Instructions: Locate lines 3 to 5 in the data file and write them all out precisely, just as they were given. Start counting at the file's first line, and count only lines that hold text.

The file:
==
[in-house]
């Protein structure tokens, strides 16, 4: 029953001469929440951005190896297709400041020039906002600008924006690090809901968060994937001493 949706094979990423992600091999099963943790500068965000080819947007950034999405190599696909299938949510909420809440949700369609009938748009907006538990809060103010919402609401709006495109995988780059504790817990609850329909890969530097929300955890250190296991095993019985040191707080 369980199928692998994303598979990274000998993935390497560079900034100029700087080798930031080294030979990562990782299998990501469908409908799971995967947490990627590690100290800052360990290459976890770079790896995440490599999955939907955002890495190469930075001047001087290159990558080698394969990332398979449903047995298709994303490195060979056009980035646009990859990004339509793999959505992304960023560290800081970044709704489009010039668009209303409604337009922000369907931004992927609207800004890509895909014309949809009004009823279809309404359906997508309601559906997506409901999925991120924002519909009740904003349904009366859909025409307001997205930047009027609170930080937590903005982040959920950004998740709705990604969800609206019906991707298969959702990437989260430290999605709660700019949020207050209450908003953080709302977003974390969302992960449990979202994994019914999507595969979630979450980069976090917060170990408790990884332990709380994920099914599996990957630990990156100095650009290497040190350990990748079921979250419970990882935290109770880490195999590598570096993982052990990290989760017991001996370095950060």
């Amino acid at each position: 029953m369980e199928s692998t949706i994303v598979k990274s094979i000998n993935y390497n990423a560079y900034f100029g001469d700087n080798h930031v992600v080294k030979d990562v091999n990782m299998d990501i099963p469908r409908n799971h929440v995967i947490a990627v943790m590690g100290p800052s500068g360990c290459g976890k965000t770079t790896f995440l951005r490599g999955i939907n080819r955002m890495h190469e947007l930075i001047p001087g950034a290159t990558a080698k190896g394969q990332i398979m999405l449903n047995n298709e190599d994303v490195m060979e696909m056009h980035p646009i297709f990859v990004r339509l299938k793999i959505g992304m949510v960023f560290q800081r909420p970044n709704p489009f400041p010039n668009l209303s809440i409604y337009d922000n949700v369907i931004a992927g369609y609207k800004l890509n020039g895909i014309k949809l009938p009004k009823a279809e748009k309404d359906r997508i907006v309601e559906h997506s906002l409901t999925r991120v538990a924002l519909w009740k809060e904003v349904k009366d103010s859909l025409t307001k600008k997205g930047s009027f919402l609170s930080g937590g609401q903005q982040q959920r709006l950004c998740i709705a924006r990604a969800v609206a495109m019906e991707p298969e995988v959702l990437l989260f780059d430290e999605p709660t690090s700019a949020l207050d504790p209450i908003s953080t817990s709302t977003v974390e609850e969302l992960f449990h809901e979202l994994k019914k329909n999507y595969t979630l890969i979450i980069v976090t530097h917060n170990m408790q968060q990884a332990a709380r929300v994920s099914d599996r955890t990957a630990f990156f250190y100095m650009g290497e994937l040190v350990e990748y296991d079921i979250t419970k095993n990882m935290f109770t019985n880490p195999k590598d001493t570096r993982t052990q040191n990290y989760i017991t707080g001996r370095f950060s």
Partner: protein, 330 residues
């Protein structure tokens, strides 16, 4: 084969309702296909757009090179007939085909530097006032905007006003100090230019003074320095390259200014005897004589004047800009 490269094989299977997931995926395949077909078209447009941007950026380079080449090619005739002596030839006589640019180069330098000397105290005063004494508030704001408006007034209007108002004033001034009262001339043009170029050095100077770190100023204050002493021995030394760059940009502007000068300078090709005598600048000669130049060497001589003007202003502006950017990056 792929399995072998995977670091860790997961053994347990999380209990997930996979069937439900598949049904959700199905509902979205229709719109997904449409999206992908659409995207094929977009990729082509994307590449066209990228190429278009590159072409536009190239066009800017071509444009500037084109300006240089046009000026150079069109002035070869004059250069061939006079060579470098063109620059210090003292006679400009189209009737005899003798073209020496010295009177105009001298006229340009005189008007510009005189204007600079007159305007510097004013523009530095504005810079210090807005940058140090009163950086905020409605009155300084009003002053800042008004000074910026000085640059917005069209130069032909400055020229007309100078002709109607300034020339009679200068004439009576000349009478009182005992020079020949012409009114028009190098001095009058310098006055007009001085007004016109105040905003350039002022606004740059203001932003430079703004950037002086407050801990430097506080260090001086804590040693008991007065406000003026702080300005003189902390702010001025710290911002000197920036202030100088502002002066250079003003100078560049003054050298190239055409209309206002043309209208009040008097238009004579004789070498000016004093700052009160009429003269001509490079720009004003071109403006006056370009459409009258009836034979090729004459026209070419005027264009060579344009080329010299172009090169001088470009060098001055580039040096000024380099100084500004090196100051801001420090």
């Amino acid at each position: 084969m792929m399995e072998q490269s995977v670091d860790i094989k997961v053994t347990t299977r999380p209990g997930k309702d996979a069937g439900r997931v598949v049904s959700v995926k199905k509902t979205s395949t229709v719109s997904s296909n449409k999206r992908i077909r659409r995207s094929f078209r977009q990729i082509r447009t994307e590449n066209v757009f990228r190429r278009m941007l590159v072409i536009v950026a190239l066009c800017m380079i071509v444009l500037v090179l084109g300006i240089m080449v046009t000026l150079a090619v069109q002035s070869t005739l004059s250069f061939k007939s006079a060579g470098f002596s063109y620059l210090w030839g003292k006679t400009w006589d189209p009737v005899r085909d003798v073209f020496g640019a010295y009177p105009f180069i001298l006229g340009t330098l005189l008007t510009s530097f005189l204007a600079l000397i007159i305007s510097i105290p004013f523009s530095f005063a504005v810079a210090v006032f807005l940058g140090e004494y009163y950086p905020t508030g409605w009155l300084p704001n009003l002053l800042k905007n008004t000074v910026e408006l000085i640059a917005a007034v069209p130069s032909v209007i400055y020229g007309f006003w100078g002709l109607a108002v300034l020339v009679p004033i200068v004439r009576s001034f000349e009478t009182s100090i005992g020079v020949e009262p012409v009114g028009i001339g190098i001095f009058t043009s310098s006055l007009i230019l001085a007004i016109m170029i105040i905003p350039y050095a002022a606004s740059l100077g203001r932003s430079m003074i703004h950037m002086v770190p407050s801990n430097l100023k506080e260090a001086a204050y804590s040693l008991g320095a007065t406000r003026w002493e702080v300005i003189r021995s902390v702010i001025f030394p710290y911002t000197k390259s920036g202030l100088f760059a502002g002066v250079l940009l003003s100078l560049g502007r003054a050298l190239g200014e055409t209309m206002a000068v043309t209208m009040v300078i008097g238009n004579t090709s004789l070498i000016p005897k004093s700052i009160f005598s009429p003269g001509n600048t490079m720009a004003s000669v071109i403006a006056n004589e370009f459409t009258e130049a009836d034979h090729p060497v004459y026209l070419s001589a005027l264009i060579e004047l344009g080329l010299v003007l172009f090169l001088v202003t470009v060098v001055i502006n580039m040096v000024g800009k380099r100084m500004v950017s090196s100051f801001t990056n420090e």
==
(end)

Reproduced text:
């Amino acid at each position: 029953m369980e199928s692998t949706i994303v598979k990274s094979i000998n993935y390497n990423a560079y900034f100029g001469d700087n080798h930031v992600v080294k030979d990562v091999n990782m299998d990501i099963p469908r409908n799971h929440v995967i947490a990627v943790m590690g100290p800052s500068g360990c290459g976890k965000t770079t790896f995440l951005r490599g999955i939907n080819r955002m890495h190469e947007l930075i001047p001087g950034a290159t990558a080698k190896g394969q990332i398979m999405l449903n047995n298709e190599d994303v490195m060979e696909m056009h980035p646009i297709f990859v990004r339509l299938k793999i959505g992304m949510v960023f560290q800081r909420p970044n709704p489009f400041p010039n668009l209303s809440i409604y337009d922000n949700v369907i931004a992927g369609y609207k800004l890509n020039g895909i014309k949809l009938p009004k009823a279809e748009k309404d359906r997508i907006v309601e559906h997506s906002l409901t999925r991120v538990a924002l519909w009740k809060e904003v349904k009366d103010s859909l025409t307001k600008k997205g930047s009027f919402l609170s930080g937590g609401q903005q982040q959920r709006l950004c998740i709705a924006r990604a969800v609206a495109m019906e991707p298969e995988v959702l990437l989260f780059d430290e999605p709660t690090s700019a949020l207050d504790p209450i908003s953080t817990s709302t977003v974390e609850e969302l992960f449990h809901e979202l994994k019914k329909n999507y595969t979630l890969i979450i980069v976090t530097h917060n170990m408790q968060q990884a332990a709380r929300v994920s099914d599996r955890t990957a630990f990156f250190y100095m650009g290497e994937l040190v350990e990748y296991d079921i979250t419970k095993n990882m935290f109770t019985n880490p195999k590598d001493t570096r993982t052990q040191n990290y989760i017991t707080g001996r370095f950060s």
Partner: protein, 330 residues
């Protein structure tokens, strides 16, 4: 084969309702296909757009090179007939085909530097006032905007006003100090230019003074320095390259200014005897004589004047800009 490269094989299977997931995926395949077909078209447009941007950026380079080449090619005739002596030839006589640019180069330098000397105290005063004494508030704001408006007034209007108002004033001034009262001339043009170029050095100077770190100023204050002493021995030394760059940009502007000068300078090709005598600048000669130049060497001589003007202003502006950017990056 792929399995072998995977670091860790997961053994347990999380209990997930996979069937439900598949049904959700199905509902979205229709719109997904449409999206992908659409995207094929977009990729082509994307590449066209990228190429278009590159072409536009190239066009800017071509444009500037084109300006240089046009000026150079069109002035070869004059250069061939006079060579470098063109620059210090003292006679400009189209009737005899003798073209020496010295009177105009001298006229340009005189008007510009005189204007600079007159305007510097004013523009530095504005810079210090807005940058140090009163950086905020409605009155300084009003002053800042008004000074910026000085640059917005069209130069032909400055020229007309100078002709109607300034020339009679200068004439009576000349009478009182005992020079020949012409009114028009190098001095009058310098006055007009001085007004016109105040905003350039002022606004740059203001932003430079703004950037002086407050801990430097506080260090001086804590040693008991007065406000003026702080300005003189902390702010001025710290911002000197920036202030100088502002002066250079003003100078560049003054050298190239055409209309206002043309209208009040008097238009004579004789070498000016004093700052009160009429003269001509490079720009004003071109403006006056370009459409009258009836034979090729004459026209070419005027264009060579344009080329010299172009090169001088470009060098001055580039040096000024380099100084500004090196100051801001420090």